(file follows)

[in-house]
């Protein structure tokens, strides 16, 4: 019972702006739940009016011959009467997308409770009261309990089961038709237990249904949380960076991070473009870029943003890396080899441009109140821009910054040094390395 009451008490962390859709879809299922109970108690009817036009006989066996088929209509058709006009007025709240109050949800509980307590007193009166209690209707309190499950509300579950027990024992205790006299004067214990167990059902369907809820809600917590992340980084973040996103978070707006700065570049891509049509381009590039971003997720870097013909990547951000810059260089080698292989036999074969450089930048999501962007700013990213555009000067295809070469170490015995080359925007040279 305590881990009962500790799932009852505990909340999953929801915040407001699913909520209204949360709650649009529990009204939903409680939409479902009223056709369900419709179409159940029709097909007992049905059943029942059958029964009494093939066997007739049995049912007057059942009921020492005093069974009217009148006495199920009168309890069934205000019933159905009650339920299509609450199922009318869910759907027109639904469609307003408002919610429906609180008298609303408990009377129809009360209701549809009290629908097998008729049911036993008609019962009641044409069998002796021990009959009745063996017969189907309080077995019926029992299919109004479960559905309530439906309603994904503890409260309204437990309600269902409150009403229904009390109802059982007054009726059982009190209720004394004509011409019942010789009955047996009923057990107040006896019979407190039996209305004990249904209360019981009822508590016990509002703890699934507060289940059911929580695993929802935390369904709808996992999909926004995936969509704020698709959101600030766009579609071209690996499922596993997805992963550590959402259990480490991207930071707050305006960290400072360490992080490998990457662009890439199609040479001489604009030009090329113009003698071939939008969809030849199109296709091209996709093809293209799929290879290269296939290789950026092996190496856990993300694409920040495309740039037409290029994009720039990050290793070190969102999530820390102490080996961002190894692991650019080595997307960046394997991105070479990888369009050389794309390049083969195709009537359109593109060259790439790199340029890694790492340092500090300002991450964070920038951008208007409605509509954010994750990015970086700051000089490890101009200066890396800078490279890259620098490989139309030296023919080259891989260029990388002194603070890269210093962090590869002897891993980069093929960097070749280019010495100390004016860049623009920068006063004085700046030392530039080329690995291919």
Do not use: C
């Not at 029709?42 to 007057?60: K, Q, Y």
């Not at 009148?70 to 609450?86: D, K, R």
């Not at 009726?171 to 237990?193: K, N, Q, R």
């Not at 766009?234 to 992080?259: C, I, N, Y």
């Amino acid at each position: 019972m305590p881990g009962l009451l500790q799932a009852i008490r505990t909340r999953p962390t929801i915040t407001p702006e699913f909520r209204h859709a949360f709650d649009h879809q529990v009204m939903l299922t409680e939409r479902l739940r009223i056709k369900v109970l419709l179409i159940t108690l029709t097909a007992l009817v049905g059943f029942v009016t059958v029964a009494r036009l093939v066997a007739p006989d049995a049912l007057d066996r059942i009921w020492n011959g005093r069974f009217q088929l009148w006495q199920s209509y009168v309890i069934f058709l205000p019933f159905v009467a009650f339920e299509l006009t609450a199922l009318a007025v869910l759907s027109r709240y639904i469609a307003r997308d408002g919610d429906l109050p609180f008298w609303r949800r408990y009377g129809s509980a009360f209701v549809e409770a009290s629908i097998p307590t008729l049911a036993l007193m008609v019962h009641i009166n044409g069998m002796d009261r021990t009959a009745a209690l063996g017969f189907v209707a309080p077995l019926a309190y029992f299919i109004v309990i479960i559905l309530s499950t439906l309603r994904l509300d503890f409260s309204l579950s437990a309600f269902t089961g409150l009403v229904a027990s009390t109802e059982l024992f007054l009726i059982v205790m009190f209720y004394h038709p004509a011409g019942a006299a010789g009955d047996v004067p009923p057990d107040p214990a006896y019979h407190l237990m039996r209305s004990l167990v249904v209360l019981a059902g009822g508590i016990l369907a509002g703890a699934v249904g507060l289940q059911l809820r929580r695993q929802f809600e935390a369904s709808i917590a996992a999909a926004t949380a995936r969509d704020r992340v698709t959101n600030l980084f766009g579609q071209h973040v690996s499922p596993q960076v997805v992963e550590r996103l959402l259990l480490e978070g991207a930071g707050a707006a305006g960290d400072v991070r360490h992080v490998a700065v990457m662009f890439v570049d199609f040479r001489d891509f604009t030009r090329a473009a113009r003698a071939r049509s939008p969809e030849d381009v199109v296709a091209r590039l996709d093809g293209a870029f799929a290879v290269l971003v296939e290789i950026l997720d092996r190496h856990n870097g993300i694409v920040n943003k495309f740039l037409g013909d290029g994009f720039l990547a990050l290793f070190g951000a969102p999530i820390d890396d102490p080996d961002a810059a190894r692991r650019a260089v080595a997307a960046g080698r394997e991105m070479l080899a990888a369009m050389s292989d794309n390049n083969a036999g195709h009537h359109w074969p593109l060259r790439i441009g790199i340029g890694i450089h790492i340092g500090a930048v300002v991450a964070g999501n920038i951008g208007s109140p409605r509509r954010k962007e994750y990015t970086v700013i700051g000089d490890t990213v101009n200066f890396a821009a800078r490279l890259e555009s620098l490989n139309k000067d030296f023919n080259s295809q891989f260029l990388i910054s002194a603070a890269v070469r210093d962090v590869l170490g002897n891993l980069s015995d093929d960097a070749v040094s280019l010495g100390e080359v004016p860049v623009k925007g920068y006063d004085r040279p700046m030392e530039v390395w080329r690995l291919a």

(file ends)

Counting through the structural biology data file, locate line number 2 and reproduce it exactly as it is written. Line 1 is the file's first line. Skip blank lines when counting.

């Protein structure tokens, strides 16, 4: 019972702006739940009016011959009467997308409770009261309990089961038709237990249904949380960076991070473009870029943003890396080899441009109140821009910054040094390395 009451008490962390859709879809299922109970108690009817036009006989066996088929209509058709006009007025709240109050949800509980307590007193009166209690209707309190499950509300579950027990024992205790006299004067214990167990059902369907809820809600917590992340980084973040996103978070707006700065570049891509049509381009590039971003997720870097013909990547951000810059260089080698292989036999074969450089930048999501962007700013990213555009000067295809070469170490015995080359925007040279 305590881990009962500790799932009852505990909340999953929801915040407001699913909520209204949360709650649009529990009204939903409680939409479902009223056709369900419709179409159940029709097909007992049905059943029942059958029964009494093939066997007739049995049912007057059942009921020492005093069974009217009148006495199920009168309890069934205000019933159905009650339920299509609450199922009318869910759907027109639904469609307003408002919610429906609180008298609303408990009377129809009360209701549809009290629908097998008729049911036993008609019962009641044409069998002796021990009959009745063996017969189907309080077995019926029992299919109004479960559905309530439906309603994904503890409260309204437990309600269902409150009403229904009390109802059982007054009726059982009190209720004394004509011409019942010789009955047996009923057990107040006896019979407190039996209305004990249904209360019981009822508590016990509002703890699934507060289940059911929580695993929802935390369904709808996992999909926004995936969509704020698709959101600030766009579609071209690996499922596993997805992963550590959402259990480490991207930071707050305006960290400072360490992080490998990457662009890439199609040479001489604009030009090329113009003698071939939008969809030849199109296709091209996709093809293209799929290879290269296939290789950026092996190496856990993300694409920040495309740039037409290029994009720039990050290793070190969102999530820390102490080996961002190894692991650019080595997307960046394997991105070479990888369009050389794309390049083969195709009537359109593109060259790439790199340029890694790492340092500090300002991450964070920038951008208007409605509509954010994750990015970086700051000089490890101009200066890396800078490279890259620098490989139309030296023919080259891989260029990388002194603070890269210093962090590869002897891993980069093929960097070749280019010495100390004016860049623009920068006063004085700046030392530039080329690995291919």